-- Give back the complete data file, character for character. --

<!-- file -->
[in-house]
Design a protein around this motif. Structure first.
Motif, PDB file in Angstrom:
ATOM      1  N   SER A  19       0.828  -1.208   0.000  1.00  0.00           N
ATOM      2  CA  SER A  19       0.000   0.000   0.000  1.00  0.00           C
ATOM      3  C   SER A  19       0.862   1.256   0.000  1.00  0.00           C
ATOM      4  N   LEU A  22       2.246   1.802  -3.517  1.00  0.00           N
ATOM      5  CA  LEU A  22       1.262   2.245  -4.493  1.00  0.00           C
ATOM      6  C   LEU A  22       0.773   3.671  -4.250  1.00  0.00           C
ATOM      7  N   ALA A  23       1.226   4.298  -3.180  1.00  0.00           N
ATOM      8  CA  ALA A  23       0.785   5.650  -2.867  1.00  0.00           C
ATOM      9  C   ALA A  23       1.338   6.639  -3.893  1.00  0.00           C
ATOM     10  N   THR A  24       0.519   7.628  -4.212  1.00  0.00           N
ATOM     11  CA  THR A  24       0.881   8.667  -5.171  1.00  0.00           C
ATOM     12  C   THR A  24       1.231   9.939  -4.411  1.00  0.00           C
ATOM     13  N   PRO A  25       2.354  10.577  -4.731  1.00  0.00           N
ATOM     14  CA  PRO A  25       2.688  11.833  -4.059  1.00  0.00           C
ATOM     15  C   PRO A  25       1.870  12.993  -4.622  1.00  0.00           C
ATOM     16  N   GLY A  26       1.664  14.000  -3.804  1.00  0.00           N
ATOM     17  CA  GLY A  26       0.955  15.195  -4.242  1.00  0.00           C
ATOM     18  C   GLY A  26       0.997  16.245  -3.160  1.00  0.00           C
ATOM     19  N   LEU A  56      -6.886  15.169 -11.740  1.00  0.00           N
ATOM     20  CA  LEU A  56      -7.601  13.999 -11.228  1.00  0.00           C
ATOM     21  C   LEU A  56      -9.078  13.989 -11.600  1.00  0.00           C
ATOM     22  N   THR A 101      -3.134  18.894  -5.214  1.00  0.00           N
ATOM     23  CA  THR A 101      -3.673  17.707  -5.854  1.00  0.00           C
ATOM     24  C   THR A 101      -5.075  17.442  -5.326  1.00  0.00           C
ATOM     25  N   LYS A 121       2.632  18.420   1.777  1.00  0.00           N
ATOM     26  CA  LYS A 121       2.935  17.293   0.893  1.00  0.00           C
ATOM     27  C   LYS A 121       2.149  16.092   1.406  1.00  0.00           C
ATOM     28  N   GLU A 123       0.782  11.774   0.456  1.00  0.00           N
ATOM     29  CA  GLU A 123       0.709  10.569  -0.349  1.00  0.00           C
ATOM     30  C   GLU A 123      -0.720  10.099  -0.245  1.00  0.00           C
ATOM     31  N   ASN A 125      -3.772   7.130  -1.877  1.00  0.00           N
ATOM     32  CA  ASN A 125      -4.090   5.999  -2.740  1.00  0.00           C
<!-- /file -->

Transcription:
[in-house]
Design a protein around this motif. Structure first.
Motif, PDB file in Angstrom:
ATOM      1  N   SER A  19       0.828  -1.208   0.000  1.00  0.00           N
ATOM      2  CA  SER A  19       0.000   0.000   0.000  1.00  0.00           C
ATOM      3  C   SER A  19       0.862   1.256   0.000  1.00  0.00           C
ATOM      4  N   LEU A  22       2.246   1.802  -3.517  1.00  0.00           N
ATOM      5  CA  LEU A  22       1.262   2.245  -4.493  1.00  0.00           C
ATOM      6  C   LEU A  22       0.773   3.671  -4.250  1.00  0.00           C
ATOM      7  N   ALA A  23       1.226   4.298  -3.180  1.00  0.00           N
ATOM      8  CA  ALA A  23       0.785   5.650  -2.867  1.00  0.00           C
ATOM      9  C   ALA A  23       1.338   6.639  -3.893  1.00  0.00           C
ATOM     10  N   THR A  24       0.519   7.628  -4.212  1.00  0.00           N
ATOM     11  CA  THR A  24       0.881   8.667  -5.171  1.00  0.00           C
ATOM     12  C   THR A  24       1.231   9.939  -4.411  1.00  0.00           C
ATOM     13  N   PRO A  25       2.354  10.577  -4.731  1.00  0.00           N
ATOM     14  CA  PRO A  25       2.688  11.833  -4.059  1.00  0.00           C
ATOM     15  C   PRO A  25       1.870  12.993  -4.622  1.00  0.00           C
ATOM     16  N   GLY A  26       1.664  14.000  -3.804  1.00  0.00           N
ATOM     17  CA  GLY A  26       0.955  15.195  -4.242  1.00  0.00           C
ATOM     18  C   GLY A  26       0.997  16.245  -3.160  1.00  0.00           C
ATOM     19  N   LEU A  56      -6.886  15.169 -11.740  1.00  0.00           N
ATOM     20  CA  LEU A  56      -7.601  13.999 -11.228  1.00  0.00           C
ATOM     21  C   LEU A  56      -9.078  13.989 -11.600  1.00  0.00           C
ATOM     22  N   THR A 101      -3.134  18.894  -5.214  1.00  0.00           N
ATOM     23  CA  THR A 101      -3.673  17.707  -5.854  1.00  0.00           C
ATOM     24  C   THR A 101      -5.075  17.442  -5.326  1.00  0.00           C
ATOM     25  N   LYS A 121       2.632  18.420   1.777  1.00  0.00           N
ATOM     26  CA  LYS A 121       2.935  17.293   0.893  1.00  0.00           C
ATOM     27  C   LYS A 121       2.149  16.092   1.406  1.00  0.00           C
ATOM     28  N   GLU A 123       0.782  11.774   0.456  1.00  0.00           N
ATOM     29  CA  GLU A 123       0.709  10.569  -0.349  1.00  0.00           C
ATOM     30  C   GLU A 123      -0.720  10.099  -0.245  1.00  0.00           C
ATOM     31  N   ASN A 125      -3.772   7.130  -1.877  1.00  0.00           N
ATOM     32  CA  ASN A 125      -4.090   5.999  -2.740  1.00  0.00           C